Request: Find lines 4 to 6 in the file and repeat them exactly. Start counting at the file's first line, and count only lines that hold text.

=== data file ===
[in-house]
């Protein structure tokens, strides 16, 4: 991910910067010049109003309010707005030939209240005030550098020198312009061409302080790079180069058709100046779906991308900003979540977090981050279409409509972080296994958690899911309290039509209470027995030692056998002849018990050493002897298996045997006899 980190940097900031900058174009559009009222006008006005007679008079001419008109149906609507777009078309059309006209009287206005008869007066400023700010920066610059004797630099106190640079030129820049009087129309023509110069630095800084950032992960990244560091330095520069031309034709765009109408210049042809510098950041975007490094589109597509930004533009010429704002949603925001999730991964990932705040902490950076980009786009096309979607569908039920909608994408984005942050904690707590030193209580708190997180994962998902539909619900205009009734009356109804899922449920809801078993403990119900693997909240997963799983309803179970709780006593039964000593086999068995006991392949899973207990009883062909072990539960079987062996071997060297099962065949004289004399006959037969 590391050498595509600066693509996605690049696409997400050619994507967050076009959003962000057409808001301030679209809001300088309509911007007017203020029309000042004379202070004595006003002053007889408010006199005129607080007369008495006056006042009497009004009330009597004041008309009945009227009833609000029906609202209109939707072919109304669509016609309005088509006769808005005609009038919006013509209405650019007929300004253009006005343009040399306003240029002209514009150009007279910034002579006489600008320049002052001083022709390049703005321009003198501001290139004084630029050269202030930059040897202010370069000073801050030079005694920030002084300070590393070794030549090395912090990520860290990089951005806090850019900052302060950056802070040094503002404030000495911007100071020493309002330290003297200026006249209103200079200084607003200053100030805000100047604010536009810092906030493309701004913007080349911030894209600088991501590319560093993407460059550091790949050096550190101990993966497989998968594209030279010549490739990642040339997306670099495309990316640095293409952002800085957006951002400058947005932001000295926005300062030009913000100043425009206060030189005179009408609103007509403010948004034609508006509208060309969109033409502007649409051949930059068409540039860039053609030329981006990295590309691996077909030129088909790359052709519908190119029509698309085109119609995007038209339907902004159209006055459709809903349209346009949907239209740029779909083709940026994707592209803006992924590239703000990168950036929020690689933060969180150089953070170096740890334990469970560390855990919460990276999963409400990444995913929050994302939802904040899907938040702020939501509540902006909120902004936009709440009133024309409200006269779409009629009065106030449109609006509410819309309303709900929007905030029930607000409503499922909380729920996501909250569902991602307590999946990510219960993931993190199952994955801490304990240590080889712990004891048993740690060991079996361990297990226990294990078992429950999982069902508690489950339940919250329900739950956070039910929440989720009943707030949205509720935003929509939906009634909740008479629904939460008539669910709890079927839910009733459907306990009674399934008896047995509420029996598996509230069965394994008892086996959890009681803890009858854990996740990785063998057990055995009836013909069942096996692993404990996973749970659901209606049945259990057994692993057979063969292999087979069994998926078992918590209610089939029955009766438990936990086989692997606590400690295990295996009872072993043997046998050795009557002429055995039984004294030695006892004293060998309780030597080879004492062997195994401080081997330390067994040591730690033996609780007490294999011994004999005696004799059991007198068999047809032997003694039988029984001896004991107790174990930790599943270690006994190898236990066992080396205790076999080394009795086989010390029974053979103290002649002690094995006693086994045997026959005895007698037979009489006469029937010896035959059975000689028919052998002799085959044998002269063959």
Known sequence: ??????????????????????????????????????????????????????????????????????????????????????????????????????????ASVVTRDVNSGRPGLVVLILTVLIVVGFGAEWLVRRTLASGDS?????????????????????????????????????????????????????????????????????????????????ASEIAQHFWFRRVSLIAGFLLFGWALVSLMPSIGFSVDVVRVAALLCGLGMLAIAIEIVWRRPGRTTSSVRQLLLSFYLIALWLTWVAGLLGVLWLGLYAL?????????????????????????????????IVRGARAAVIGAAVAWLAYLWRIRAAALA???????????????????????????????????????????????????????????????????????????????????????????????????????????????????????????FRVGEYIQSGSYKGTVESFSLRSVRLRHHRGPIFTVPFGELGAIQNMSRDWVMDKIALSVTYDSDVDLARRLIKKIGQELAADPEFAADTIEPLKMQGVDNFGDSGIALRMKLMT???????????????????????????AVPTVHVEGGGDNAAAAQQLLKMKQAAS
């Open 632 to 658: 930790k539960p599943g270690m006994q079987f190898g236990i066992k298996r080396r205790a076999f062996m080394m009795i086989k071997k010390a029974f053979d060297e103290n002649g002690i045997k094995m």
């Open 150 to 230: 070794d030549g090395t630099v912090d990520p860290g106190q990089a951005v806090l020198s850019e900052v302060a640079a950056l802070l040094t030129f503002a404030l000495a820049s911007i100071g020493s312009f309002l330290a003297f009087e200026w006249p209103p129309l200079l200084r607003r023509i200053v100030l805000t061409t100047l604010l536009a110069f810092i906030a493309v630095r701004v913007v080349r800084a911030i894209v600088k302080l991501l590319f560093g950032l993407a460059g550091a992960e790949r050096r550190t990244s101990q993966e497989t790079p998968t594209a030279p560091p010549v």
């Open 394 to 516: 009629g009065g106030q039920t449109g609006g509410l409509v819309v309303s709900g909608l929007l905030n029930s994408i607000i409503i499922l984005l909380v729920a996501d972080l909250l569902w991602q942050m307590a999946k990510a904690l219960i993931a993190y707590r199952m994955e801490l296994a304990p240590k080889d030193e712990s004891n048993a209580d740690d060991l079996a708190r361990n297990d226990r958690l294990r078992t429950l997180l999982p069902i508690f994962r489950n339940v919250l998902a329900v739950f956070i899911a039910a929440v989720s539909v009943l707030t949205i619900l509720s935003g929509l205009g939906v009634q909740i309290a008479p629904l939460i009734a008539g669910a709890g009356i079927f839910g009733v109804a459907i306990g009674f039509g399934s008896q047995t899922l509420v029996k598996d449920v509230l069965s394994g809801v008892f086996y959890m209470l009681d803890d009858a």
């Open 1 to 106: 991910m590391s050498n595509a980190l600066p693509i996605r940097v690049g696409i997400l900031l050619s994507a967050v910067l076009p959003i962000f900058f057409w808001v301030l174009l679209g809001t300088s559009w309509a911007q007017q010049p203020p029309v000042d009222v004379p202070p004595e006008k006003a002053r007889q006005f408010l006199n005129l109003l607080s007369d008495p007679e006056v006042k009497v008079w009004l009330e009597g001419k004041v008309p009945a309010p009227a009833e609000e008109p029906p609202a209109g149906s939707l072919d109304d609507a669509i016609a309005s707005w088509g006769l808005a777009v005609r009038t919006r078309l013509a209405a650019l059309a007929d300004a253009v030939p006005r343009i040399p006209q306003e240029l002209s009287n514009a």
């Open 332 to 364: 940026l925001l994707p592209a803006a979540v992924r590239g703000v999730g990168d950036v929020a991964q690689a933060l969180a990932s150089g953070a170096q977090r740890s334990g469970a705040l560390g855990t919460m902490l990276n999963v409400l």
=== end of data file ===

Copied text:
């Open 632 to 658: 930790k539960p599943g270690m006994q079987f190898g236990i066992k298996r080396r205790a076999f062996m080394m009795i086989k071997k010390a029974f053979d060297e103290n002649g002690i045997k094995m």
């Open 150 to 230: 070794d030549g090395t630099v912090d990520p860290g106190q990089a951005v806090l020198s850019e900052v302060a640079a950056l802070l040094t030129f503002a404030l000495a820049s911007i100071g020493s312009f309002l330290a003297f009087e200026w006249p209103p129309l200079l200084r607003r023509i200053v100030l805000t061409t100047l604010l536009a110069f810092i906030a493309v630095r701004v913007v080349r800084a911030i894209v600088k302080l991501l590319f560093g950032l993407a460059g550091a992960e790949r050096r550190t990244s101990q993966e497989t790079p998968t594209a030279p560091p010549v």
């Open 394 to 516: 009629g009065g106030q039920t449109g609006g509410l409509v819309v309303s709900g909608l929007l905030n029930s994408i607000i409503i499922l984005l909380v729920a996501d972080l909250l569902w991602q942050m307590a999946k990510a904690l219960i993931a993190y707590r199952m994955e801490l296994a304990p240590k080889d030193e712990s004891n048993a209580d740690d060991l079996a708190r361990n297990d226990r958690l294990r078992t429950l997180l999982p069902i508690f994962r489950n339940v919250l998902a329900v739950f956070i899911a039910a929440v989720s539909v009943l707030t949205i619900l509720s935003g929509l205009g939906v009634q909740i309290a008479p629904l939460i009734a008539g669910a709890g009356i079927f839910g009733v109804a459907i306990g009674f039509g399934s008896q047995t899922l509420v029996k598996d449920v509230l069965s394994g809801v008892f086996y959890m209470l009681d803890d009858a």